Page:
Chelsea, Quebec fire officials rate emergency accessibility on private roads

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by Mark Burgess on May 20, 2010

A new provincial fire safety plan is forcing municipalities to identify difficult-to-access private roads and place them on a list that could raise residents’ insurance rates by half.

Chelsea Fire Chief Andre Hamelin said the new plan attempts to impose Ministry of Public Safety norms across the province’s fire departments. Municipal fire departments were required to identify roads that could not be accessed in a given time and to send the list to the ministry, via the MRC, in order to exonerate themselves.

“We found some places we couldn’t go as recommended by Quebec,” Hamelin said.

Hamelin classified Chelsea’s private roads into three categories. Municipal roads, meanwhile, are all accessible to firefighters.

Twenty-five roads fell under Category 1, which means they’re inaccessible to fire vehicles. Hamelin said his crew would still respond to calls and get as close to the fire as possible, but it could mean parking on a major road and involve firemen on foot dragging hoses to the fire.

Category 2 roads (86 were identified) are ones that don’t “allow for most emergency vehicles from the fire department to get to or carry out an effective intervention.” Hamelin said these are roads one truck could negotiate, but there’s not enough room to a vehicle around. That would mean sending in only one truck at a time, waiting for it to back out, and then allowing the second truck to move in, compromising fire-fighting effectiveness.

Operations on Category 3 roads would only be affected if the road were obstructed in some way.

Jean-Pierre Mallette of Assurance Mallette-McLennan in Wakefield said some roads could go from semi-protected status to non-protected, based on the response time – a downgrade that would raise insurance rates by at least 50 per cent.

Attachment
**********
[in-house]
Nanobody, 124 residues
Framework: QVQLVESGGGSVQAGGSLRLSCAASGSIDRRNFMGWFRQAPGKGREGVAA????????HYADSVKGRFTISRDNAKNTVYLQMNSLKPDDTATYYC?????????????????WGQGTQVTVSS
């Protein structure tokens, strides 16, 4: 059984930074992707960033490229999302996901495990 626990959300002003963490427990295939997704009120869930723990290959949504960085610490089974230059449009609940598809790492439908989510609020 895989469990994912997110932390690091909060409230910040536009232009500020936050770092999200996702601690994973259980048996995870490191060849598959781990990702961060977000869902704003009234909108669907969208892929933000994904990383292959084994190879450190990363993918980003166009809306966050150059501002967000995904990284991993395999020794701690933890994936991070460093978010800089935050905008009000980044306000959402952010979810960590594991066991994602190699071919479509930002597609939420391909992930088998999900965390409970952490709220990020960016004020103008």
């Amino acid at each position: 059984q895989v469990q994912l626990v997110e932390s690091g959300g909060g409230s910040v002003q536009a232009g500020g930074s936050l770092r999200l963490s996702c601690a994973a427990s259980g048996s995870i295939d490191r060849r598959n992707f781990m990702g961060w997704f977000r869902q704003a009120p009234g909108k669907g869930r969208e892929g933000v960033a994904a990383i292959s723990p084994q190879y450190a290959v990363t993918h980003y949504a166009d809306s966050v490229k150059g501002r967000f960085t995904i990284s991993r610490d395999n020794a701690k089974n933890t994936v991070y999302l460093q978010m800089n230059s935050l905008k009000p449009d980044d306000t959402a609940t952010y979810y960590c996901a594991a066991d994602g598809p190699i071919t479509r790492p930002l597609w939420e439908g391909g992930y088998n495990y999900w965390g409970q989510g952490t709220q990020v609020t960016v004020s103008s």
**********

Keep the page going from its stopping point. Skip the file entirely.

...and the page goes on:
While there are “10,000 criteria” that go into assessing rates, he said if the response time goes from 15 minutes to 30 minutes the house will already be gone.

“How the insurance industry is going to react to this, I really don’t know. And how long it’s going to take, I really don’t know,” he said.

Valerie McLaughlin-Wiggins, an agent at Promutuel l’Outaouais in Low, said roads that fire trucks can’t access would be deemed non-protected.

“Even if you’re only two kilometres from the fire department but the truck can’t get in there, you’re non-protected,” she said.

McLaughlin-Wiggins said insurance agents would always make their own assessment, though, and that sending a list to the ministry wouldn’t send rates skyrocketing all on its own.

“Just because they change the category, I wouldn’t let that scare anybody,” she said.

Hamelin and Chelsea Assistant Director-general, Bruce Devine said they are developing a plan with property owners to try to make private roads more accessible.

Hamelin said the Category 1 and 2 roads are older ones, and that the municipality over the past six or seven years has been active in ensuring new roads conform to firefighters’ needs. He said new roads now go through the municipal road and fire committees before they’re approved by the planning committee.

Devine said the municipality would post a list of the fire department ratings on its website this week.